If you have ever looked at your water bill and wondered how it got so high, you are not alone.
In a typical household, more than 6,300 gallons of water are wasted each year. Water conservation is not only important for your budget, but also for the environment.
The average family of four uses 260 gallons of water every single day. By making a few small changes in our lifestyles and in our water consumption, we can conserve thousands of gallons of water per year.
Adding water-saving devices on toilets, showerheads and faucets will further reduce water waste by 35 percent with the added bonus of a substantial saving on your utility bills.
There are many areas in your home where water can be better conserved. The bathroom area uses a great deal of water with the toilet being a huge guzzler.
An average toilet-tank will use up to 3 gallons of water with each flush. If you are building a new home, you can insist on installing a low-flush toilet.
The low-flush toilet uses a smaller tank and has a specially-designed bowl to give it the same strong flush-power which means less water is used in the flushing process.
If you are renovating, you might consider installing a new toilet and if you are handy, you could install it yourself saving costly plumbing charges.
A low-flush toilet will save 22,000 gallons of water per year for a family of four which again boils down to a huge utility saving.
The following water saving plumbing products would help you conserve water and also help you save money at the same time;
Water Saving Tips #1 - Faucet Aerators
Low flow faucet aerators lower the unit's water consumption by about 4 percent. A standard tap can be responsible for up to 15 percent of household water consumption.
By switching, you could save more than 500 gallons of water each year. To install a low flow faucet aerator, simply unscrew the old device and screw the new device with internal or external threads. The old aerator can be recycled.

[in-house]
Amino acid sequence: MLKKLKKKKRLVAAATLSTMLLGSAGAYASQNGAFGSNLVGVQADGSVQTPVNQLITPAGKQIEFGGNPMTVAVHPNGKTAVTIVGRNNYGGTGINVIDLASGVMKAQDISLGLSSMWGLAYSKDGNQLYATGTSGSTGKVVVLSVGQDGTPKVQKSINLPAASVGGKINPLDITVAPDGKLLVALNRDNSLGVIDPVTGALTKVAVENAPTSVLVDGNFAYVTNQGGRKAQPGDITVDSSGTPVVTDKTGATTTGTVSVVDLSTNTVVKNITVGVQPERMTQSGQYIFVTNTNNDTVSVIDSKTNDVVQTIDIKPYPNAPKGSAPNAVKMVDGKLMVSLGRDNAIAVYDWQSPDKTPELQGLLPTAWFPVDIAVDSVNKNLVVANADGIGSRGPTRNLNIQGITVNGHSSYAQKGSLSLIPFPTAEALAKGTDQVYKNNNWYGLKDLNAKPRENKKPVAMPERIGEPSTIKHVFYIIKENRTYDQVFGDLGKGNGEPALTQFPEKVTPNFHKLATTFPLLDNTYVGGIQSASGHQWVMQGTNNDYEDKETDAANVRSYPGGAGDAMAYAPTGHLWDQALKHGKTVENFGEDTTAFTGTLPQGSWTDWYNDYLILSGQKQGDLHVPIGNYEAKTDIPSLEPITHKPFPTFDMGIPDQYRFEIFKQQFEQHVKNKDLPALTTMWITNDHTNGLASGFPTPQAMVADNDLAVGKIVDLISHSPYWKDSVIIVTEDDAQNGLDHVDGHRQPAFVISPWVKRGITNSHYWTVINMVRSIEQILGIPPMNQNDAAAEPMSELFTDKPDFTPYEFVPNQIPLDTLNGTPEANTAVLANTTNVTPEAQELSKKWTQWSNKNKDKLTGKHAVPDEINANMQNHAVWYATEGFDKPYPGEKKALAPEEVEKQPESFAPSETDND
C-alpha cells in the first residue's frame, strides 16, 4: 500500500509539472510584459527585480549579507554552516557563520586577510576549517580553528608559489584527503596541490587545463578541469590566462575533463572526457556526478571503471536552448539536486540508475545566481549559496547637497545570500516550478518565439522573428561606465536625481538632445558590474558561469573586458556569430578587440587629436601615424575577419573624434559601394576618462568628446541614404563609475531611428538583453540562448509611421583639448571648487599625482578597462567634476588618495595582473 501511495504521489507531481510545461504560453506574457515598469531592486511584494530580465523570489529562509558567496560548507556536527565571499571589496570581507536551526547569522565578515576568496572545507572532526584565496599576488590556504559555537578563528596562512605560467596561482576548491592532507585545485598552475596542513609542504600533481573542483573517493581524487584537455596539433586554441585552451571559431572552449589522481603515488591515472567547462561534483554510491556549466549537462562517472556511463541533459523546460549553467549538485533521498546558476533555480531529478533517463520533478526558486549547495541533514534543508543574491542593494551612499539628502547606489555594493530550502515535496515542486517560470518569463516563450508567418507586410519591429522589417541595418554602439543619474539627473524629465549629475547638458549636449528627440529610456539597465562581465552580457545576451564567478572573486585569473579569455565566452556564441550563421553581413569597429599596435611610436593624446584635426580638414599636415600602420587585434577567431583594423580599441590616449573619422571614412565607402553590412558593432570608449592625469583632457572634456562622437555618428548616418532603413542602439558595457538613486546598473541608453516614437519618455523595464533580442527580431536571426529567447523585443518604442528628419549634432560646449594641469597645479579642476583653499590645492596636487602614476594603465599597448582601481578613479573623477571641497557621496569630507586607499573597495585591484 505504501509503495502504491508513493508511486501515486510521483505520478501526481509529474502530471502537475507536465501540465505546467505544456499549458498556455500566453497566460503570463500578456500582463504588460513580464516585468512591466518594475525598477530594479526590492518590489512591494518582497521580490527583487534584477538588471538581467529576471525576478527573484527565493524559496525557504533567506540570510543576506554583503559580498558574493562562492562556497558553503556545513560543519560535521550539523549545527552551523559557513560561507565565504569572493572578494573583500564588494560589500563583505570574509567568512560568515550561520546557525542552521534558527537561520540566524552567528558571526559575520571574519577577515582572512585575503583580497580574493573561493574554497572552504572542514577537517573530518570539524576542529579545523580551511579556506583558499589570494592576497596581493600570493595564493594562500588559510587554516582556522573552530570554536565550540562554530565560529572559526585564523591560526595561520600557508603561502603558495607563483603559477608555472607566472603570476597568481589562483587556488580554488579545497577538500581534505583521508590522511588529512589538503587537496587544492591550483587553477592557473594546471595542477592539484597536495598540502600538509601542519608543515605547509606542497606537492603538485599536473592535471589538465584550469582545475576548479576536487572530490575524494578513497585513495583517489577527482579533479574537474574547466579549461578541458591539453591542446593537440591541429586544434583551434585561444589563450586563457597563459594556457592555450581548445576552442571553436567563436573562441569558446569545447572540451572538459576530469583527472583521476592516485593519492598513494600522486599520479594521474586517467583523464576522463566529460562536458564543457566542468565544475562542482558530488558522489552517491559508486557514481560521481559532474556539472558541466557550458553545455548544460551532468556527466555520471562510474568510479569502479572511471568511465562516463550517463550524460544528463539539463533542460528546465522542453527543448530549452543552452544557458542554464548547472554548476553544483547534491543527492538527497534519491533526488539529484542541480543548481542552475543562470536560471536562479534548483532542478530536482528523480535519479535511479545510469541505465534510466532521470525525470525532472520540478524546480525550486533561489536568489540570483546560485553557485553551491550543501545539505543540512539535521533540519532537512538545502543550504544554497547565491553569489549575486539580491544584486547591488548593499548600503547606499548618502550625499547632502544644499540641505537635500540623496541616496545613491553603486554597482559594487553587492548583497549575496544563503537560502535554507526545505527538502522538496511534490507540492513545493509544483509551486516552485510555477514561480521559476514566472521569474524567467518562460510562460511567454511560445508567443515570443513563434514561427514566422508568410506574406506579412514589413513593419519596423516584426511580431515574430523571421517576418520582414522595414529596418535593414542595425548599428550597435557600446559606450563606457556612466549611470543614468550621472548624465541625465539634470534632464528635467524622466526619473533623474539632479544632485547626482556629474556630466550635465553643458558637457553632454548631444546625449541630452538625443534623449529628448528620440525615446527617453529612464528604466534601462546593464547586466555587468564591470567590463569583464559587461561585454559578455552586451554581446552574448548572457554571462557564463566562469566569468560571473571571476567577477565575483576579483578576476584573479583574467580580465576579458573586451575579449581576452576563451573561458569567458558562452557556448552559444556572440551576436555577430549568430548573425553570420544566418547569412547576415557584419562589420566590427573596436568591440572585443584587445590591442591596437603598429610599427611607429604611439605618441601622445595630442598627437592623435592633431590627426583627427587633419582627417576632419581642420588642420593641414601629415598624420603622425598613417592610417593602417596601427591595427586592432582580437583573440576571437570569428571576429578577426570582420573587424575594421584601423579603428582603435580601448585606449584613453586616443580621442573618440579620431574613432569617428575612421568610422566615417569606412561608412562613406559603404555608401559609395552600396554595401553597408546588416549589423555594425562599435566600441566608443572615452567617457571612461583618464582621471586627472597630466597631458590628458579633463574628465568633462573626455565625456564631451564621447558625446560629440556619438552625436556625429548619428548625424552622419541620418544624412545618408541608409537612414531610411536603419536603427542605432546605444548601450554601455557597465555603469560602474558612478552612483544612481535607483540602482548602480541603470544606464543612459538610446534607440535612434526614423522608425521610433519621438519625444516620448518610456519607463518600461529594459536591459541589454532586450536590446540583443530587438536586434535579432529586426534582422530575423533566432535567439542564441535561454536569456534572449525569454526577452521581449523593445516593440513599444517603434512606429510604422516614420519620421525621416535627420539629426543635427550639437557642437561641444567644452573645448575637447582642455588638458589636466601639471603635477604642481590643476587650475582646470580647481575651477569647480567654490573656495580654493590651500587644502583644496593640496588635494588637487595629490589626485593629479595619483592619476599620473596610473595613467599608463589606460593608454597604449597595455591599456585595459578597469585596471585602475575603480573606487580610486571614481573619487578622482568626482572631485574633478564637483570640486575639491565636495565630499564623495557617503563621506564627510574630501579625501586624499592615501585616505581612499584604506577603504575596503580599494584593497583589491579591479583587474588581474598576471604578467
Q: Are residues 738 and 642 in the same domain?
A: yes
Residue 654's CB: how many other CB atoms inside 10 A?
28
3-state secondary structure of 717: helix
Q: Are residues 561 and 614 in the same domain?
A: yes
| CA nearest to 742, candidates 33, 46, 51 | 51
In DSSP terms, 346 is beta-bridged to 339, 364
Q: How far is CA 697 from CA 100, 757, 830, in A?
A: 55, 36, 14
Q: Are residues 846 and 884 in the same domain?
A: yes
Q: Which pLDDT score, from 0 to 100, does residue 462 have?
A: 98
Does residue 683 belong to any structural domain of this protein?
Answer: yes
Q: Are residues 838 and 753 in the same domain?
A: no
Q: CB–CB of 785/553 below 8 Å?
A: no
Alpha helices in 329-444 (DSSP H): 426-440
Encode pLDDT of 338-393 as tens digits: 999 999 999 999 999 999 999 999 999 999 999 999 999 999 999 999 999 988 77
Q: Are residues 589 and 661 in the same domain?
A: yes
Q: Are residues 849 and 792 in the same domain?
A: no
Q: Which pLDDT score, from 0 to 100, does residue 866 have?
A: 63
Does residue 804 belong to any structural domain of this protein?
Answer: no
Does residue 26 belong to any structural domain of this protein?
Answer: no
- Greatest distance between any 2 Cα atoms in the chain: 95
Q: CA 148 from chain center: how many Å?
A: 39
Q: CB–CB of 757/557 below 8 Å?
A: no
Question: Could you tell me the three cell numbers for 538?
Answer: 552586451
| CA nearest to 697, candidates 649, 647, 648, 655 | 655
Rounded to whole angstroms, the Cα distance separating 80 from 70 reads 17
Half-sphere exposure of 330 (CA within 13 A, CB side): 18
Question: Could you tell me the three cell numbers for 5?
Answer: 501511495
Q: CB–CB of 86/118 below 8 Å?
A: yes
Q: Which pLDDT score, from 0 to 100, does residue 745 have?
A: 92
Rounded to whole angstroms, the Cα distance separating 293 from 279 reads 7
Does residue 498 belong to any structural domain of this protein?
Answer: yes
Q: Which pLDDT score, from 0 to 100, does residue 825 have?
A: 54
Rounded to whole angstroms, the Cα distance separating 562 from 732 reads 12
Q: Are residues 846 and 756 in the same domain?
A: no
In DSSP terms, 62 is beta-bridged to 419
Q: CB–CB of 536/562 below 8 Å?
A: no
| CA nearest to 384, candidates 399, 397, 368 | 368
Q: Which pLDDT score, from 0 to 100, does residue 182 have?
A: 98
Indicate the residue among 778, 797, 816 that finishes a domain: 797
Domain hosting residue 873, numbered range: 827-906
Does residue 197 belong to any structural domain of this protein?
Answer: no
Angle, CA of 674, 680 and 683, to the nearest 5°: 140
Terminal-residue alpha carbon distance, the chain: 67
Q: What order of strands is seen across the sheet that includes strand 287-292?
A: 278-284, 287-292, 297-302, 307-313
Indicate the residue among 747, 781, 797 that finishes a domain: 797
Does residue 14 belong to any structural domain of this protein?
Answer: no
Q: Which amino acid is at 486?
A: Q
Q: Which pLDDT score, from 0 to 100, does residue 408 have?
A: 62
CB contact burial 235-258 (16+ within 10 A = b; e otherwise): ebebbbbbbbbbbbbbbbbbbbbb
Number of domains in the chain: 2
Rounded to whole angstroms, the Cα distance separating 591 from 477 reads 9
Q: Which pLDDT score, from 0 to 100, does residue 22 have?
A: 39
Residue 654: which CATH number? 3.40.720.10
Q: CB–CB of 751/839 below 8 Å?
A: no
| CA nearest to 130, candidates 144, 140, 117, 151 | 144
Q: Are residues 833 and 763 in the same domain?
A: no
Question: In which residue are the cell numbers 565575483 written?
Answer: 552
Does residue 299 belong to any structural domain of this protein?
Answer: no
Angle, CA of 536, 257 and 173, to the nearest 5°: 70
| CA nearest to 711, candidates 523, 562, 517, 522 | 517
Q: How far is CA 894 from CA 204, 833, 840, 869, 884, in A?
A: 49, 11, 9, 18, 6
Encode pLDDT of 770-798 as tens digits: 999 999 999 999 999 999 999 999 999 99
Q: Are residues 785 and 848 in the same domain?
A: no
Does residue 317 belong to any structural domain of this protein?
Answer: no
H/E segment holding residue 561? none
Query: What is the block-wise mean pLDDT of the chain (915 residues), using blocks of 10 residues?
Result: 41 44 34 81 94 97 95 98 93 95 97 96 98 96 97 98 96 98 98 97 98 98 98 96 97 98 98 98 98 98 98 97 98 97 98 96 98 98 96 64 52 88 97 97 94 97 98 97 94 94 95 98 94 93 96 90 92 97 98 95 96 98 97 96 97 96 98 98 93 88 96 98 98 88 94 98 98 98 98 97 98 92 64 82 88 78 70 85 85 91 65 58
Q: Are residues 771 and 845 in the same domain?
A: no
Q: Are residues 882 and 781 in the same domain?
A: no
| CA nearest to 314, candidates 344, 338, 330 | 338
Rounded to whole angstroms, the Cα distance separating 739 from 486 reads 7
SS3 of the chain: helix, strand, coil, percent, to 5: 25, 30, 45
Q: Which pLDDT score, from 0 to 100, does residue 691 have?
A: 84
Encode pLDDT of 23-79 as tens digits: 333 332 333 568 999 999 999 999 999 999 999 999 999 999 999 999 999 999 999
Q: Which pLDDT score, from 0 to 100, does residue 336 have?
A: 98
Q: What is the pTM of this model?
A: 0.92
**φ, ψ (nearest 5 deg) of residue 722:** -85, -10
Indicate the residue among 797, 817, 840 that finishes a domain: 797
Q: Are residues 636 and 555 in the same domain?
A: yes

Water Saving Tips #2 - Shower Heads
Standard shower heads use 2.5 gallons of water per minute, which means a typical shower needs about 11 gallons of water. You can purchase a low flow shower head that consumes 1.5 gallons per minute or less.
A low flow shower head is installed by simply unscrewing the old head and screwing the new one. If there is rust or debris on the pipe, remove it with a little diluted white vinegar before tightening the new head.
In a home with four people showering daily, you can save up to 2,000 liters of water every year.
While low-flow complaints were prevalent at the beginning of the spread, most brands today make great models that have no pressure loss at all. Specially designed hardware can make the difference.
Be sure to read the details and of course the reviews to find one that suits your needs.
Water Saving Tips #3 - Automatic Shut-Off Nozzles
An automatic shut-off nozzle is located between the pipe and the shower head. To operate, turn the mechanism with your thumb. You do this after wetting your hair. The water would stop during shampooing.